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6 August 2006

In The Greenhouse (08/06)

Strange how August is always colder than July. Tropical orchids are quite confused by the cold fronts of temperate climes - some are already well into their spring growing season, whereas others are still slumbering in winter dormancy. This month carries on with the warm colours of the flowers from the previous month. Here are five winter warmers to cheer you up.

Dendrobium trigonopus. This truly delightful miniature species from South East Asia has bright yellow flowers and an apple green labellum with tiny red striations. It is also part of the Nigrohirsutae group in Dendrobium, which includes beauties like Den. formosum, Den. infundibulum and Den. cruentum. My plant grows mounted on a small piece of timber which is suspended from the roof of the greenhouse in a cool bright aspect. It has a delicious scent that some people say reminds them of honeysuckle. Personally, it reminds me of the smell of a candy shop. Pretty.


Cymbidium Kusuda Shining. An exceptional modern compact variety. The inflorescence produces the blooms at large intervals for a Cymbidium, displaying them singly and making the whole appearance less cluttered. Bright yellow labellum with prominent dark chocolate markings makes a nice contrast to the rusty amber petals. The column is a darker, dusty rose colour with a light anther cap. Sunny.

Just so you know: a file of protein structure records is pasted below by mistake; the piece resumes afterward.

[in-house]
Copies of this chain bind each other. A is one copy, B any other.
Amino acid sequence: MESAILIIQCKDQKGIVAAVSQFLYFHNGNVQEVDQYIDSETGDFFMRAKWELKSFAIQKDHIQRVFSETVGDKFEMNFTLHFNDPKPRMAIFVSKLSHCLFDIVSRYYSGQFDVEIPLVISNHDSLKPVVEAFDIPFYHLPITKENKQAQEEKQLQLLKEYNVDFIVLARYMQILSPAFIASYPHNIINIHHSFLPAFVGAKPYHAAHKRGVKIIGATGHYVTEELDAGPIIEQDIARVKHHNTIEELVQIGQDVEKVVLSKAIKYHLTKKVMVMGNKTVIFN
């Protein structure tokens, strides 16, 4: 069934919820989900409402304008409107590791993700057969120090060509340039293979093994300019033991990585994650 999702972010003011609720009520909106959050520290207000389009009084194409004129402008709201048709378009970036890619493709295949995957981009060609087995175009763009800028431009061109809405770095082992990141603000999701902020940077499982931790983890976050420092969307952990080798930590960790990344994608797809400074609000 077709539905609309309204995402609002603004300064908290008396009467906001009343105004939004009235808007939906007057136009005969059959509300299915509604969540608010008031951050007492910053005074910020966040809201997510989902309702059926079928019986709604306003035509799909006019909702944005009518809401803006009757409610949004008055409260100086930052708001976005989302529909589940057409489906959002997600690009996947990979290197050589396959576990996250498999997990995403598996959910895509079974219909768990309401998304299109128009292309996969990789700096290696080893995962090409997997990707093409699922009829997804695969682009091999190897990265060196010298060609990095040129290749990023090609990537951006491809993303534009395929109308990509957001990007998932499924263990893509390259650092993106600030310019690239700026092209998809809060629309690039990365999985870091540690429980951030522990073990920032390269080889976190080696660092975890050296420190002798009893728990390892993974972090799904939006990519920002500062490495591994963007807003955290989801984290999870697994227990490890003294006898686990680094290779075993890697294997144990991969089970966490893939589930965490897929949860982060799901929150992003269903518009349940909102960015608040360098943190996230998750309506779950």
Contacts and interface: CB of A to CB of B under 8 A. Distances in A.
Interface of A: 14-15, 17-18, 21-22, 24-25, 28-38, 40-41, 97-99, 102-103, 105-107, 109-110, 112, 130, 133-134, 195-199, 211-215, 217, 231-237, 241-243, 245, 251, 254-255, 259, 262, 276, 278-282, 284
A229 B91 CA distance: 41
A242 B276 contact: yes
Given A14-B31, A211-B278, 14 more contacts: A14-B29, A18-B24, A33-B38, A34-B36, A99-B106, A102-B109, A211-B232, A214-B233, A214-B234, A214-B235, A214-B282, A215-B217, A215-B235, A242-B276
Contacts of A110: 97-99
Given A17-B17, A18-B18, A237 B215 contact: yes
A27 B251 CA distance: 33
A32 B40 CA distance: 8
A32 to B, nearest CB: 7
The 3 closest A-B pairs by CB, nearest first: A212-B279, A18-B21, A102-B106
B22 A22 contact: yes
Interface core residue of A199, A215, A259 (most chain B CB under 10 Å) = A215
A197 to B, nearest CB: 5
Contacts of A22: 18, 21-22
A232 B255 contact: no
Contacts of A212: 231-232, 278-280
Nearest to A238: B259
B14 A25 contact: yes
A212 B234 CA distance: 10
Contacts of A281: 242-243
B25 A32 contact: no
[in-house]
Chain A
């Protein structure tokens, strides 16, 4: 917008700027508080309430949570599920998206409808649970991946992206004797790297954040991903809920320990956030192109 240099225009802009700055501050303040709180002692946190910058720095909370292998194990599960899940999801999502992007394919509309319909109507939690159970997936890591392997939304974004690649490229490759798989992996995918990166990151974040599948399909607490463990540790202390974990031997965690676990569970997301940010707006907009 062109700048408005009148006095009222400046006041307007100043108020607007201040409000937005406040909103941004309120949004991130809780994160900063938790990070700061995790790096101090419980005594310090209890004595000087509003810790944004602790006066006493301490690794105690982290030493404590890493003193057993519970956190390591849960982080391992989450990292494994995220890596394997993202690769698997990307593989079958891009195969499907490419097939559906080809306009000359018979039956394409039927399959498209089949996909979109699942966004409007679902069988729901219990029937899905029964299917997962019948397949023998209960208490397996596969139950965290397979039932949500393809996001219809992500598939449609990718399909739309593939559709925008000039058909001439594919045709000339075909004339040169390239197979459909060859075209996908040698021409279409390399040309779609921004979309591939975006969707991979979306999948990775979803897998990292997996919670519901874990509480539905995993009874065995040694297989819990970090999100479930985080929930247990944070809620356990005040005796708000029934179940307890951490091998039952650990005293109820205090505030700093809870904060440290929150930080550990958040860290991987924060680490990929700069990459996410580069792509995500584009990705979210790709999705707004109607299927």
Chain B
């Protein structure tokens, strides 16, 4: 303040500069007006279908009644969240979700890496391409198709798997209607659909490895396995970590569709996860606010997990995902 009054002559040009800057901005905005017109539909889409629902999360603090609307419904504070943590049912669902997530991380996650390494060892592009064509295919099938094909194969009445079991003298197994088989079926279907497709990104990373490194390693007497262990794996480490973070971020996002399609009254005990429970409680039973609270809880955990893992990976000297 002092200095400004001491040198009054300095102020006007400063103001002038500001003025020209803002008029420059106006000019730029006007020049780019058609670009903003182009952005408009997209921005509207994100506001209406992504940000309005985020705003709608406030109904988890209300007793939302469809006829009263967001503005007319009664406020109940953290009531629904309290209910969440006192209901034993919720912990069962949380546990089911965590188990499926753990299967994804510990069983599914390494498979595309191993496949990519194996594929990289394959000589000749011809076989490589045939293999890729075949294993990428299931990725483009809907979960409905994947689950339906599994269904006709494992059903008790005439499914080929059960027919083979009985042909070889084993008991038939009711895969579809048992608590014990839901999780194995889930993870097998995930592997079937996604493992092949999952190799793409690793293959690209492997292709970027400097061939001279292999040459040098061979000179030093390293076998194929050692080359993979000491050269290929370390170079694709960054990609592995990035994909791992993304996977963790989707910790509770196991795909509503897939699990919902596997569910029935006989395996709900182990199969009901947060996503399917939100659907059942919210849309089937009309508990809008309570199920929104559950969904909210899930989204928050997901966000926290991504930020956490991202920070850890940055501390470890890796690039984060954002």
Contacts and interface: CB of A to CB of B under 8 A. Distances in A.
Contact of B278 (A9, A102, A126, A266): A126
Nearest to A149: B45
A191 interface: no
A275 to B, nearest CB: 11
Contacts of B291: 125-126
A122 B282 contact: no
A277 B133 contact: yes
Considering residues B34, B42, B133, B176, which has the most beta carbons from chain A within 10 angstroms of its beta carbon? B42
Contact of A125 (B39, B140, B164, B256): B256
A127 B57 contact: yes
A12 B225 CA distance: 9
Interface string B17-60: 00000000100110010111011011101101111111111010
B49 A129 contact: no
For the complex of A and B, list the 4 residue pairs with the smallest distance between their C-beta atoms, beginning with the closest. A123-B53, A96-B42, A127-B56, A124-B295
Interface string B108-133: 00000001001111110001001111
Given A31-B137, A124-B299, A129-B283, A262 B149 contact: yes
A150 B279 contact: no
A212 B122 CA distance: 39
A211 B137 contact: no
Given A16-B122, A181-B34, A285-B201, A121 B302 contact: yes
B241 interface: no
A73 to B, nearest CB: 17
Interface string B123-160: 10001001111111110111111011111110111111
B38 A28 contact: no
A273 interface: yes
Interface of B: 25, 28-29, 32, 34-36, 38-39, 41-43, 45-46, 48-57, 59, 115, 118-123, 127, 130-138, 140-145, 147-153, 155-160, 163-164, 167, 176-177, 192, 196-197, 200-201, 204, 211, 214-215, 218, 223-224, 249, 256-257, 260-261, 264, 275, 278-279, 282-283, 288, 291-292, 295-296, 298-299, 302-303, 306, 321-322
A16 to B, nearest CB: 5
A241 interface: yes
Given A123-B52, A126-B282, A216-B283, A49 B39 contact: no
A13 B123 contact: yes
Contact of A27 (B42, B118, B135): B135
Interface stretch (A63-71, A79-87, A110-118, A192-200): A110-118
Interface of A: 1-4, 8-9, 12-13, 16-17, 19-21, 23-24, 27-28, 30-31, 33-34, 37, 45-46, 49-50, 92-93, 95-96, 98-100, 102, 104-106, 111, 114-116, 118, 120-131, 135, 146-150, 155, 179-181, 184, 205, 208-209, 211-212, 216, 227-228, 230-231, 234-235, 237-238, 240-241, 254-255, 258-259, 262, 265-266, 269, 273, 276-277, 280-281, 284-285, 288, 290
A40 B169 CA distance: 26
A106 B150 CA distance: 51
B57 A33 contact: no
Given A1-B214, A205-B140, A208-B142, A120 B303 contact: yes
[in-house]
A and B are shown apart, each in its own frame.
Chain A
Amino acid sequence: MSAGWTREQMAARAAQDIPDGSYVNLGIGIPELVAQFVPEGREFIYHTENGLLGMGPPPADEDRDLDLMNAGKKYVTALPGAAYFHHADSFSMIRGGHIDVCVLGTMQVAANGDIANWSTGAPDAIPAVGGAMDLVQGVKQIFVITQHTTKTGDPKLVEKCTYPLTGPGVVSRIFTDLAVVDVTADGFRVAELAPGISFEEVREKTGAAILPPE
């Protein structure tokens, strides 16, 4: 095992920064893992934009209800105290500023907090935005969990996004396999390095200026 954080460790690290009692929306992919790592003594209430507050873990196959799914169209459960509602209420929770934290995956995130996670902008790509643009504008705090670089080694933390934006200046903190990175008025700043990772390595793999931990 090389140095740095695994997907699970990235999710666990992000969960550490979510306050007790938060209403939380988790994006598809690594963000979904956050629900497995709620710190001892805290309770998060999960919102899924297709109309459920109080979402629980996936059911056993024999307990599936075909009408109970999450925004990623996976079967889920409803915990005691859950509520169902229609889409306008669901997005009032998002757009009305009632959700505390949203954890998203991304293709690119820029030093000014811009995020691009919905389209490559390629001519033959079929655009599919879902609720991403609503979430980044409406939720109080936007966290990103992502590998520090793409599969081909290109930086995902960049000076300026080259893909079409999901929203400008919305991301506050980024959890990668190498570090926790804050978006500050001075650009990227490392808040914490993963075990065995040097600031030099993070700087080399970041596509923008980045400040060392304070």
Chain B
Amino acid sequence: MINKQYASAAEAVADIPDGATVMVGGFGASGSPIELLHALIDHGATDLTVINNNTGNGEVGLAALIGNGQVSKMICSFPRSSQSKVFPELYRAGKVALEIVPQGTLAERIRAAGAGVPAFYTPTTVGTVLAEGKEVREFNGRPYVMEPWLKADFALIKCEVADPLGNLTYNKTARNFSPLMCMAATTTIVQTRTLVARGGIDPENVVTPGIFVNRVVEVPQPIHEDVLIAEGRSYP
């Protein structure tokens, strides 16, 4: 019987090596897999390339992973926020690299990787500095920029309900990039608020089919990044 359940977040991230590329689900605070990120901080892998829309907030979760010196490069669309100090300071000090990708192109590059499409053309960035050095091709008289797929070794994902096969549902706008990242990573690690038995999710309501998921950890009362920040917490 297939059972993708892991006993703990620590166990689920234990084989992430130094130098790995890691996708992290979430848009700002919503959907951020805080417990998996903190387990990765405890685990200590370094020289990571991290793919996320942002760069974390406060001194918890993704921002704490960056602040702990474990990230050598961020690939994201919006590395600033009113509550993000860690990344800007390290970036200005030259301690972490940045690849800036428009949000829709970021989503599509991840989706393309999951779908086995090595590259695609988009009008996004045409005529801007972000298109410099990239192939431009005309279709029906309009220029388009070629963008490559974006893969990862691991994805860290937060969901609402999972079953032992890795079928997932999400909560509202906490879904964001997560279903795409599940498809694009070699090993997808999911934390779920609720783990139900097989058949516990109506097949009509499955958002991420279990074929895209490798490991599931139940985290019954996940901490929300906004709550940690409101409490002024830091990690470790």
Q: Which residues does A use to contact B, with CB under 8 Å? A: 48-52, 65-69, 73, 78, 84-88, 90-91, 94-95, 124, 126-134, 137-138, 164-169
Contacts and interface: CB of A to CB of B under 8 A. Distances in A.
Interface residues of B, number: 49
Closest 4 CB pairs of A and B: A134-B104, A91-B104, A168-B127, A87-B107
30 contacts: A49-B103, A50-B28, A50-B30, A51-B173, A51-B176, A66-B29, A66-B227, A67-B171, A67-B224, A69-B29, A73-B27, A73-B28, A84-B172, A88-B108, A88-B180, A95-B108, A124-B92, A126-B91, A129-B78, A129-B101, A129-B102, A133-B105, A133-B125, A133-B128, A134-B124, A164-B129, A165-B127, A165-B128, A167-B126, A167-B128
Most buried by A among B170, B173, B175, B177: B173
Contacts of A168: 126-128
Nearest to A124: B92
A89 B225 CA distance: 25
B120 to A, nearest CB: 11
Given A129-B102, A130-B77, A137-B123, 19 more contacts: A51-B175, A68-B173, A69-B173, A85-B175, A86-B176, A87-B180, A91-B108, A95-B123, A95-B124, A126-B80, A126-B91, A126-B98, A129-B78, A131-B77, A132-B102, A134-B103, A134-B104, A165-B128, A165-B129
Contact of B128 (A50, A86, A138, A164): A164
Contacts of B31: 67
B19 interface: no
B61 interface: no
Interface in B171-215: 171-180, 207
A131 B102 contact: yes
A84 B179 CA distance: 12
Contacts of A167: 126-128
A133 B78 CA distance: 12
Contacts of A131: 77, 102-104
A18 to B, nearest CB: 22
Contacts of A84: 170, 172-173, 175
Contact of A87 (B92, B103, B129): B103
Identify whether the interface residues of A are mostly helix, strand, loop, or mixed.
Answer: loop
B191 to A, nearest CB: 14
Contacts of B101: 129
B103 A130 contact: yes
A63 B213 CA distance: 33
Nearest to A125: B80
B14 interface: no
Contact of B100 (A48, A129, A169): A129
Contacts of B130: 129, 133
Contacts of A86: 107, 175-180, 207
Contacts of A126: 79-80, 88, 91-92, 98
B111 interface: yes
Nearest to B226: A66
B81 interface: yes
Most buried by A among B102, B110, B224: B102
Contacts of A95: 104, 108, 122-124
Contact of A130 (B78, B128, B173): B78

Pleurothallis prolifera. This is a very strange orchid from Venezuela and Brazil. It has coriaceous (i.e. leathery) leaves, quite atypical for its genus and can be found growing lithophytically (that means on rocks, folks) in hot, dry places. Other Pleurothallis are usually found in moist cloud forests, so this one really is the odd one out. Microscopic striped flowers are carried on an inflorescence along the mid-vein of the leaf. Weird.



Dendrobium Banana Royal. This plants is sometimes listed as Banana Royale. It has a lot of Den. canaliculatum influence and has to be grown in a warm situation with ample light. A dry winter rest is also required for successful flowering. Indeed, I've struggled for the last couple of years to get it to bloom. The flowers are small and twisted and are the colour of just-ripe bananas. Edible.



Laeliocattleya Ronselensis. This is a primary hybrid between the dull green Cattleya forbesii and dimunitive orange Laelia cinnabarina. It was first registered in 1904 and again illustrates how the progeny of a cross can be a vast improvement over the parents. This plant carries golden yellow starry flowers with cherry red lips on a tall inflorescence. Perky.

7 comments:

~d said...

I took several 'cloud' pictures today. And I 'thought' of you. because i wasn't quite certin how to capture what I saw...
on my blogroll thing-there is a
Josie'. She takes amazing photos. You should check it out.
Anyway-these are great.

~d said...

Josie's Blog

Wendy said...

Banana Royal? I thought orchids were all lusty and sexy. That kind of name just doesn't do it...

The Electric Orchid Hunter said...

That's nothing. The most off-putting must be Den. Mickey Mouse.

Lexi said...

i like the one word summary at the end of every decription.....do they have common names?

The Electric Orchid Hunter said...

Well, not as such. Most of these on my post this month are Asian in origin and no doubt have local names. Cymbidium and Dendrobium in particular are well known in Chinese herbal medicine. But I can translate some of the scientific names, if you like.
Dendrobium = living on a tree trigonopus = triangular foot (the common namein Thailand is apparently Kam Pak Gai)
Cymbidium = kymbos is Greek for boat (referring to the boat-shaped lip)
Pleurothallis = Greek for rib-like branches prolifera is pretty obvious.

neko said...

scuse my ignorance, but...

when you display pics and talk about your orchids, you usually state their origins.. and they are from all over the world...

where do you get your orchids from?